The Newton County Board of Education approved the calendar for the 2012-13 school year Tuesday, and teachers will once again have six furlough days unless the budget is rosier than expected at the end of the year.
Each furlough day saves the school system $411,000 per year, and the board voted to have six teacher furlough days until it gets a clearer budget picture.
Teachers have four furlough days this year, because the board decided in late 2011 to help teachers by giving them back some of the $4 million in unexpected revenue the school system received.
The calendar calls for students to be in school 178 days and teachers to work 184 days. A normal full calendar would have 180-student days and 190-teacher days. Download the calendar at covnews.com.
School officials want to wait to see if they’ll have to pay for in health insurance costs this year, as preliminary estimates project a $1 million increase in costs next fiscal year.
While teachers would take a small step back, the school system as a whole may not have to make any further cuts to its budget next year.
Superintendent Gary Mathews said in January that he wanted to avoid budget cuts for 2012-13 because he hoped the economy and tax revenues would improve. However, school officials expect state and federal revenues to decline.
Dennis Carpenter, deputy superintendent of operations, said Tuesday that tax collections were up in December. The latest education SPLOST brought in just more than $1 million, the highest collection in 24 months. Property tax revenues were up 10 percent from the same time last year, Carpenter said.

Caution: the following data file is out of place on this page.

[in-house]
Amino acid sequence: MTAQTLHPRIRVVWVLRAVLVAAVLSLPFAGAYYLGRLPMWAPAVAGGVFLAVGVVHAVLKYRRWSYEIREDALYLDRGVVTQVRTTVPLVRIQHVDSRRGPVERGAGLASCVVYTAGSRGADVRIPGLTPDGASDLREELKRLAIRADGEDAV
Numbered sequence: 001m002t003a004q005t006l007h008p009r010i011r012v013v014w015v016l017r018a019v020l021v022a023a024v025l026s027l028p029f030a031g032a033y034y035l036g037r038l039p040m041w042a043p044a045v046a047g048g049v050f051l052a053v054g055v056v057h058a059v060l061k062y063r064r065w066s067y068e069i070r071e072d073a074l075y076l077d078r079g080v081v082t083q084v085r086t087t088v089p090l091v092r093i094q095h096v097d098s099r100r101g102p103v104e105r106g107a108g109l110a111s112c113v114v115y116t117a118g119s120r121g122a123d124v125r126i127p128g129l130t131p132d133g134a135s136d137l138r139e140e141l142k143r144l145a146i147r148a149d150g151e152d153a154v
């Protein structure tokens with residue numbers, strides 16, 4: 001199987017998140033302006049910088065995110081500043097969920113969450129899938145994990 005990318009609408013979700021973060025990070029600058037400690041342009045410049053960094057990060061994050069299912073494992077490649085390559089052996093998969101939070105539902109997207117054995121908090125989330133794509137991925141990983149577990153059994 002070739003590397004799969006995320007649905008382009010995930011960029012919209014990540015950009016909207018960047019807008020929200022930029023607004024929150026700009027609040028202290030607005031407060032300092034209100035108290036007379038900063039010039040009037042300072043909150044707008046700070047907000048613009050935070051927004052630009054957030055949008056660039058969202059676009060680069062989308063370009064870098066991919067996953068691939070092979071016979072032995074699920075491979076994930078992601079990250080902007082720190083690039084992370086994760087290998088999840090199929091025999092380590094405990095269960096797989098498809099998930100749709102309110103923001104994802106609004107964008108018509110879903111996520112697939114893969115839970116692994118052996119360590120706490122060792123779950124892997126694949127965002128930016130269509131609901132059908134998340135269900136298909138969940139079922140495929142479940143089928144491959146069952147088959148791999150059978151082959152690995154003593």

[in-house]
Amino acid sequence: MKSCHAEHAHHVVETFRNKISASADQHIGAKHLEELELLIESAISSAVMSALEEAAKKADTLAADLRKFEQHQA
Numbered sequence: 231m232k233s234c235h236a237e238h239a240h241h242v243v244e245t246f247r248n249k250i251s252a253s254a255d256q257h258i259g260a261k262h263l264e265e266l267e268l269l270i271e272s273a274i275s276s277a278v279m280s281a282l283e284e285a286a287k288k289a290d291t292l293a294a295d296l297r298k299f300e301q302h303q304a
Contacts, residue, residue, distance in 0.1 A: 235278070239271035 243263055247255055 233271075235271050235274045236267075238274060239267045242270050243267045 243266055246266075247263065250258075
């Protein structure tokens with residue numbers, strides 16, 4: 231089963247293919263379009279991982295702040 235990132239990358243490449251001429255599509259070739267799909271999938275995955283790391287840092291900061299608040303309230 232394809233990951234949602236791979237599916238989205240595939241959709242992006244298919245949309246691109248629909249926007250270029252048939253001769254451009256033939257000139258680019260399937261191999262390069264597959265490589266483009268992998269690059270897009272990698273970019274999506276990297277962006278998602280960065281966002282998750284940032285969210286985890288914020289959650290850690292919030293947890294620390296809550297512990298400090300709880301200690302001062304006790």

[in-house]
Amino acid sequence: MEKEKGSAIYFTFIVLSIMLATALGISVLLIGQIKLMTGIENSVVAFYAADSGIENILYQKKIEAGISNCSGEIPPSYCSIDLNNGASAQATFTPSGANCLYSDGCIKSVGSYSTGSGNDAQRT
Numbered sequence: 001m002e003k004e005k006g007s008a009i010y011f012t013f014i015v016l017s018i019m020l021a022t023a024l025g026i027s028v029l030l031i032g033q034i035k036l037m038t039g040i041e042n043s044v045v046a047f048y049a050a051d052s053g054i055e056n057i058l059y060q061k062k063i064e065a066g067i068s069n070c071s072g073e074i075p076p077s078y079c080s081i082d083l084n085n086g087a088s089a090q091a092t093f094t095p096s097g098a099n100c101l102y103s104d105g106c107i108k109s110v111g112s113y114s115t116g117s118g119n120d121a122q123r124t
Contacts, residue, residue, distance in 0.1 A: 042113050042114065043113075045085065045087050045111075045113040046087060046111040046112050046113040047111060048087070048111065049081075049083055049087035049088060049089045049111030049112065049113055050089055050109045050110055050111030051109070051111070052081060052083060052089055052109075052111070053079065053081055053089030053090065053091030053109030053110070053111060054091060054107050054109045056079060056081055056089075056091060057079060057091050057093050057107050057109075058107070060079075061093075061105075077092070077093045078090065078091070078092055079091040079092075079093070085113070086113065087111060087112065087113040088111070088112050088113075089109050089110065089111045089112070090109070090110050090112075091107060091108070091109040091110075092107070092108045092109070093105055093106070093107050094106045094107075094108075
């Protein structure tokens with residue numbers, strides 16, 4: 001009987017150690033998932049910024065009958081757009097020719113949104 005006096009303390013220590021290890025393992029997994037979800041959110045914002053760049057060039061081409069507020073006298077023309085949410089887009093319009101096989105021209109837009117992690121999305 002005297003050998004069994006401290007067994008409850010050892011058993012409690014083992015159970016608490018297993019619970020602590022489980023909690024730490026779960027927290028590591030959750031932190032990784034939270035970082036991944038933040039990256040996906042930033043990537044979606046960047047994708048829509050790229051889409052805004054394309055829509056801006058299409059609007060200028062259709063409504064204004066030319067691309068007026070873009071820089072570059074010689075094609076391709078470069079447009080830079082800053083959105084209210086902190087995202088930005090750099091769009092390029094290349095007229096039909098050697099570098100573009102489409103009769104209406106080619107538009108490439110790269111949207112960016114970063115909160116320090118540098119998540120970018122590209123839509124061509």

As of January, the school system was projected to spend $131.6 million this school year, about $1 million more than the projected revenue and down from $133.4 million last year.
In other school news, the school system continues to sell off portable classrooms. Carpenter said 33 have been sold to date and another 11 are being advertised on govdeals.com. Five more will likely be sold in the future. The classrooms are going for around $3,500 a piece.
Carpenter said he was worried about rising gas prices, which could reach $4 a gallon, but the school system is hoping to see savings on the diesel fuel and unleaded gasoline contract it signed Tuesday. The school will contract with Petroleum Traders Corporation out of Fort Wayne, Ind., which works around the county including with MARTA. Prices are based on oil prices and the companies then charge a markup. Petroleum Traders had the lowest markup rate. The contract is estimated to cost $1.43 million.
Board Chairman Eddie Johnson said he was very impressed with the school system’s alternative learning service, Ombusdman, and has also heard positive comments from parents. The school system contracted this school year with the company, which is replaced Sharp Learning Center.